The biblical view of the body is…quite positive:

1. God created us as physical beings. We are both material and immaterial (Gen. 2:7).

2. The body must be distinguished from the flesh.

3. The importance of the body is seen in the fact that:

a. Our bodies were redeemed by the blood of Christ no less than our souls (1 Cor. 6:20).

b. Our bodies are the temple of the Holy Spirit (1 Cor. 6:19).

c. Our bodies are designed “for the Lord” (1 Cor. 6:13).

d. Our bodies are members of Christ Himself (1 Cor. 6:15).

e. Our bodies are capable of being sinned against (1 Cor. 6:18).

f. Our bodies are to be used to honor God (1 Cor. 6:20).

4. Our bodies will be resurrected and glorified. In other words, we will spend eternity as physically glorified beings (Rom. 8:11, 23; 1 Cor. 15:35-49).

5. At the judgment seat of Christ we will have to give an account for what we have done in our bodies.


Whatever increases the strength and authority of your body over your mind – that thing is sin to you.


No second class citizen, the body is a “temple of the Holy Spirit” (1 Cor. 6:19) and is indispensable to the activity of the heart. Without it we would have no access to the physical world and we simply would not be persons. Accordingly, Paul could not imagine a person without a corporeal nature (1 Cor. 15). The whole person consists of body and heart together. Both are essential and neither can function in the material realm in isolation of the other.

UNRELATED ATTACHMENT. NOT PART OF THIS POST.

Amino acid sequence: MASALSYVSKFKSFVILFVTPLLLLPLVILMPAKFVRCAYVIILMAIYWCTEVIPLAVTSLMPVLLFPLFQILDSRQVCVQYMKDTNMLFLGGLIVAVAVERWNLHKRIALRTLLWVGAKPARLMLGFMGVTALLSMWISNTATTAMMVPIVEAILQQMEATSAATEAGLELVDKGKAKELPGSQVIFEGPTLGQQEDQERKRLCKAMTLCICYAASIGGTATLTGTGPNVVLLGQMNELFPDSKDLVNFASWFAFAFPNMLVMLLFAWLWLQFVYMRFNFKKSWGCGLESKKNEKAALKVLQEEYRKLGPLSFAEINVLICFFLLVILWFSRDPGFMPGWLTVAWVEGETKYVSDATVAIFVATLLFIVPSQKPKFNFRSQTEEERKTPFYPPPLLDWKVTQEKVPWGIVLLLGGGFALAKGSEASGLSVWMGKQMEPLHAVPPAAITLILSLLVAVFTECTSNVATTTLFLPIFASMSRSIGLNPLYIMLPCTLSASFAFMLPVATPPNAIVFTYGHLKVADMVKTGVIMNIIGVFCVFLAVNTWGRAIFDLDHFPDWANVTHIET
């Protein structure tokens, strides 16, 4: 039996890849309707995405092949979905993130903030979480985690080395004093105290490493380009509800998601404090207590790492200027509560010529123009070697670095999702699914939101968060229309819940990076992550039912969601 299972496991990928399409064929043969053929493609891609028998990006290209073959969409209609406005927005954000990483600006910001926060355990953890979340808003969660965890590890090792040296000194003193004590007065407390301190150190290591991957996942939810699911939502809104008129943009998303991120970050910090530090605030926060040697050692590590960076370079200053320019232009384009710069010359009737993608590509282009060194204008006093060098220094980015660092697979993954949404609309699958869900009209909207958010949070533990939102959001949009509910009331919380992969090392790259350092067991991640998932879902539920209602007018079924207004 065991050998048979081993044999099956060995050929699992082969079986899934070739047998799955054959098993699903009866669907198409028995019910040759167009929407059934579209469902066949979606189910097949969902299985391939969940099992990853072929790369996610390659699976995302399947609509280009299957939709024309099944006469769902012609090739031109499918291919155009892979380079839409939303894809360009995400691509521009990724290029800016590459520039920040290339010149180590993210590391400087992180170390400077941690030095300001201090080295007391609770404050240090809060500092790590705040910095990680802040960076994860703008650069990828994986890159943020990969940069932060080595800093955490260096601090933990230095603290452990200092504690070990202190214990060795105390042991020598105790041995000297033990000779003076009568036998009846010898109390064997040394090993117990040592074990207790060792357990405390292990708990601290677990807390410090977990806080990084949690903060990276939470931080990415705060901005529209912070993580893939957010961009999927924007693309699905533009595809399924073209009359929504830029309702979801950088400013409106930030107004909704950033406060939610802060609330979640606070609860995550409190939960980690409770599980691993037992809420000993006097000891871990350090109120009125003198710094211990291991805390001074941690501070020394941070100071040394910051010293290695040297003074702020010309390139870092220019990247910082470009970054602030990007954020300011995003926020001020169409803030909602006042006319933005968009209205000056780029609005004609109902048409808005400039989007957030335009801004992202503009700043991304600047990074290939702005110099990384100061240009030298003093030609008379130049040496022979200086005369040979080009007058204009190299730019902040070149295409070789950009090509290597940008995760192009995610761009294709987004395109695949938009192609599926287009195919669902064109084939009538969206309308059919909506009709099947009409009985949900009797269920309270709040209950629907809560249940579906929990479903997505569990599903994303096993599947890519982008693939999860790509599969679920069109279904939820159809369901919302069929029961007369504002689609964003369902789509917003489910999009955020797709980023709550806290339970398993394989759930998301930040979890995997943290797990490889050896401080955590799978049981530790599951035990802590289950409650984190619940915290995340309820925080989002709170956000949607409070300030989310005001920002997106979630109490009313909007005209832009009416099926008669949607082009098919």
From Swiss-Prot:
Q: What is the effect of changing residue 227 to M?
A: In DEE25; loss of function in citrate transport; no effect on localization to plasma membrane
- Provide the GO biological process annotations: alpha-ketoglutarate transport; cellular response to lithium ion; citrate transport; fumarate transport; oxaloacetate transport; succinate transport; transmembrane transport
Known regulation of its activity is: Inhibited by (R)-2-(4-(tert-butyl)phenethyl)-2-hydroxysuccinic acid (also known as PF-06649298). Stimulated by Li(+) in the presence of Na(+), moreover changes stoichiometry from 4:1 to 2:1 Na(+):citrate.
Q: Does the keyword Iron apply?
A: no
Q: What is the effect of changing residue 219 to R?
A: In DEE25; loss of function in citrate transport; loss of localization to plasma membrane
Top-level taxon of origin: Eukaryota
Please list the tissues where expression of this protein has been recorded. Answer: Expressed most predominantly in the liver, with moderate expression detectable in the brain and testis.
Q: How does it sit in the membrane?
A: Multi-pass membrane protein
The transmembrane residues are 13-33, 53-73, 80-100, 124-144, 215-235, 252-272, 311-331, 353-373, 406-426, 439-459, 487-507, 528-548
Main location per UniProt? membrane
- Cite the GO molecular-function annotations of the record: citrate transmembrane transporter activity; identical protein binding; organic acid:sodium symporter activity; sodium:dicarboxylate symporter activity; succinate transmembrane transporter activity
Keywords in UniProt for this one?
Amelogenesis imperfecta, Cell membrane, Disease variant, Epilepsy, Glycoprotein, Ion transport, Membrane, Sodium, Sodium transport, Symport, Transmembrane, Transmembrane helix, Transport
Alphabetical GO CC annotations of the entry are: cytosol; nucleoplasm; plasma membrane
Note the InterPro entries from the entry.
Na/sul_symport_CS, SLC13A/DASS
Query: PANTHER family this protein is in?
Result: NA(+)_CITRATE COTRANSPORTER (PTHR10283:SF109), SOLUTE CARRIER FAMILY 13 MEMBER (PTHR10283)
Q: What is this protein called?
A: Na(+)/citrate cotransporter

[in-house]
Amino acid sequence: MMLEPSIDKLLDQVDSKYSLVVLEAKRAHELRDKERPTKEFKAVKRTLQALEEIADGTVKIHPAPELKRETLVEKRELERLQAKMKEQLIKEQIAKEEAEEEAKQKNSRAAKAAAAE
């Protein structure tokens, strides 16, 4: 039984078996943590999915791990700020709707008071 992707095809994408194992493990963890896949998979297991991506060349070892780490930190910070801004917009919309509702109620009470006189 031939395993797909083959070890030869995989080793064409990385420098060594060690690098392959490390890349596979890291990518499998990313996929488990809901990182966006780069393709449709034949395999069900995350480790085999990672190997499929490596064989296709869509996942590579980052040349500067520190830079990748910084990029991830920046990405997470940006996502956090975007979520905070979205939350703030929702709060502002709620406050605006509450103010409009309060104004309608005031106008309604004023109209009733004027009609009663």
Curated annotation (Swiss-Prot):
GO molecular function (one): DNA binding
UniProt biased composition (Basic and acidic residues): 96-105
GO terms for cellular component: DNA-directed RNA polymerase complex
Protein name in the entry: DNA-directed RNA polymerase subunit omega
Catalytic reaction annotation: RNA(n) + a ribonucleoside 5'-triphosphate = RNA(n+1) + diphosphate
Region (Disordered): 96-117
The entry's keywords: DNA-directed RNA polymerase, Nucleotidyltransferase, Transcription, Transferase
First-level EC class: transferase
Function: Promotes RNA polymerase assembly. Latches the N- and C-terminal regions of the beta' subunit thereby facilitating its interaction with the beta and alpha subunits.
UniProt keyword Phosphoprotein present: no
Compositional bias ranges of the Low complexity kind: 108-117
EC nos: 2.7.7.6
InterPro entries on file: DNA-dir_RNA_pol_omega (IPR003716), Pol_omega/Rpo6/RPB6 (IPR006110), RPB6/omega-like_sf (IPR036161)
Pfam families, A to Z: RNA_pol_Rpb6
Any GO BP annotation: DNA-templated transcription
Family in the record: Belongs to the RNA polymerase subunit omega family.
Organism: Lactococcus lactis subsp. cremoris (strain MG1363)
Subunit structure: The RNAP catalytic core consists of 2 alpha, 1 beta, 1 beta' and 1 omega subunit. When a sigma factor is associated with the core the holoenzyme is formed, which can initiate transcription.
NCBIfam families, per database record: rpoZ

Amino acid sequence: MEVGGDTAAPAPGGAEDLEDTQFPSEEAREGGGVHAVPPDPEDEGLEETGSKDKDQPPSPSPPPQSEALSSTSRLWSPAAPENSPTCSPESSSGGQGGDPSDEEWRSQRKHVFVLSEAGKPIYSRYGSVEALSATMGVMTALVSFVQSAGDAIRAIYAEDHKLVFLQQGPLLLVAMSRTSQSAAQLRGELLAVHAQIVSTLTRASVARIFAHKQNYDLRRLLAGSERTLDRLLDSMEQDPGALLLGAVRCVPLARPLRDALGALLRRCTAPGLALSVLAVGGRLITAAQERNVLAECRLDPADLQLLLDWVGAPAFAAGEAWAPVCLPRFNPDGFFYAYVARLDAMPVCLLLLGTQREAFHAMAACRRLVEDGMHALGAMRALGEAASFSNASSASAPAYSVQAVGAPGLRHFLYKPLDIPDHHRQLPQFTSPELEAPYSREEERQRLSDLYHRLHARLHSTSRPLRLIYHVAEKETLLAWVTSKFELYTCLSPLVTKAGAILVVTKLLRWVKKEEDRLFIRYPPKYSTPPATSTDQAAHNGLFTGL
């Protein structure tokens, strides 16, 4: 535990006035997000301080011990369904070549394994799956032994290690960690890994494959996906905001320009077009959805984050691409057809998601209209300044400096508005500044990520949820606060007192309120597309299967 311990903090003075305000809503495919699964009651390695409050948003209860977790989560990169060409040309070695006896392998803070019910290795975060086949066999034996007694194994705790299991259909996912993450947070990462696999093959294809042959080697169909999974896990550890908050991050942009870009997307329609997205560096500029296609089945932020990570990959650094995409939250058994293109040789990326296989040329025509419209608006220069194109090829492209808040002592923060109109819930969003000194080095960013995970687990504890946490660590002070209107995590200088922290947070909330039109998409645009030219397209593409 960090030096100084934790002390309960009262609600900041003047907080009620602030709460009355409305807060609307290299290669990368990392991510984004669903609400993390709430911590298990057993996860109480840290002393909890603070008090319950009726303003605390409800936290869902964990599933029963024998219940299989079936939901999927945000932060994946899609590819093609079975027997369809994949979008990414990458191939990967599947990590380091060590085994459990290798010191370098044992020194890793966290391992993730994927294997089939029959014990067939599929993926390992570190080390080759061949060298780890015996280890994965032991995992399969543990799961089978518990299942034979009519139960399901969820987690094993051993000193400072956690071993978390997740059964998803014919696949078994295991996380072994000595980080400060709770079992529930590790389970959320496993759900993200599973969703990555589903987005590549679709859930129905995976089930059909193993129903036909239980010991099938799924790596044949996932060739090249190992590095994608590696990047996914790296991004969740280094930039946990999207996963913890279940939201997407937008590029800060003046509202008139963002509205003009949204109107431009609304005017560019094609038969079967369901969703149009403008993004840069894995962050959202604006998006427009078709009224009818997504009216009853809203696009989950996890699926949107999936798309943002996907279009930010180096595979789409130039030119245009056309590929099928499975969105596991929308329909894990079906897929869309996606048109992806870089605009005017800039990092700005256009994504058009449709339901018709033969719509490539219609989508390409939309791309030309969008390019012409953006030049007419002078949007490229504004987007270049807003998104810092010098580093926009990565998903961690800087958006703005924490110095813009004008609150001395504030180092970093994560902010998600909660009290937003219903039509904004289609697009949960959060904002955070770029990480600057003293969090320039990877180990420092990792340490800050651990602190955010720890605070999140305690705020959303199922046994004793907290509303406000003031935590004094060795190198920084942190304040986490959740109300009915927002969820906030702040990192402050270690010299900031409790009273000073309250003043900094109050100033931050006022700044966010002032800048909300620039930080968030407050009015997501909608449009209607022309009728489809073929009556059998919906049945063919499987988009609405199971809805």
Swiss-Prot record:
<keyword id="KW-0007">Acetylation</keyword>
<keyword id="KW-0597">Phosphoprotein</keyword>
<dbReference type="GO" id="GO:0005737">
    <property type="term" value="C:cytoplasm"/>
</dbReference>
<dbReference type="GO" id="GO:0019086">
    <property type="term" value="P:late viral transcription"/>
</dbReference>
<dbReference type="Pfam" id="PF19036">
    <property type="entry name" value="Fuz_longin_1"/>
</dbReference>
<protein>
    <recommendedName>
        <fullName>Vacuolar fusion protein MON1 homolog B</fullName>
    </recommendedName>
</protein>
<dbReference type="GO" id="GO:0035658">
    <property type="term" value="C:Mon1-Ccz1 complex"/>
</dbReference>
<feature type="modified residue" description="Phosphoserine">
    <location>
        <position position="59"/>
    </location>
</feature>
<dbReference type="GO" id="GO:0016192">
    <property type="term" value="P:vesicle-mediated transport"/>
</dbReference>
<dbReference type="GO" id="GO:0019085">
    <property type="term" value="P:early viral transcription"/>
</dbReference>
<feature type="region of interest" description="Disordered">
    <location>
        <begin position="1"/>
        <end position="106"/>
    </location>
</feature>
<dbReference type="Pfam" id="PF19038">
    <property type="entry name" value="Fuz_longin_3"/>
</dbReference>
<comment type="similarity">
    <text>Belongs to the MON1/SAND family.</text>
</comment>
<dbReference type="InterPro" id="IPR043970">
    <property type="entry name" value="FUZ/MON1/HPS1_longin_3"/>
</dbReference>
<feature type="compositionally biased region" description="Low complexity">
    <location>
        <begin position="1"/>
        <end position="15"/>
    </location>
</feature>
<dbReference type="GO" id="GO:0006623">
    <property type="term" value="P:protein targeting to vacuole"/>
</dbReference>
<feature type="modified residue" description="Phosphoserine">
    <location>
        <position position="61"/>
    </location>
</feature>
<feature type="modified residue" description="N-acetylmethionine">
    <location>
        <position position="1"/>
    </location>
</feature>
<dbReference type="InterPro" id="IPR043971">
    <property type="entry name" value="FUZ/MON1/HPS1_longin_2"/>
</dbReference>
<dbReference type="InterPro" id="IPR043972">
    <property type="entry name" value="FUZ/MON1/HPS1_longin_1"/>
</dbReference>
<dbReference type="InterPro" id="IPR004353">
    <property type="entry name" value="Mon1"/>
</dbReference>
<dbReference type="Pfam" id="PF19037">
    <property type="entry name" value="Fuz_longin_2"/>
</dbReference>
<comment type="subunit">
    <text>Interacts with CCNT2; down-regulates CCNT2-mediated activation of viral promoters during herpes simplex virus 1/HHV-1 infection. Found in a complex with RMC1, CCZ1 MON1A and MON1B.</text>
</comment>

[The body] is the mediator of moral action rather than the initiator. In a sense, it is equipment for the heart. It does what the heart tells it to do; it is the heart’s vehicle for concrete ministry and service in the material world. In this capacity, it is not the source of sin and is never called sinful.


Our bodies are inclined to ease, pleasure, gluttony, and sloth. Unless we practice self-control, our bodies will tend to serve evil more than God. We must carefully discipline ourselves in how we “walk” in this world, else we will conform more to its ways rather than to the ways of Christ.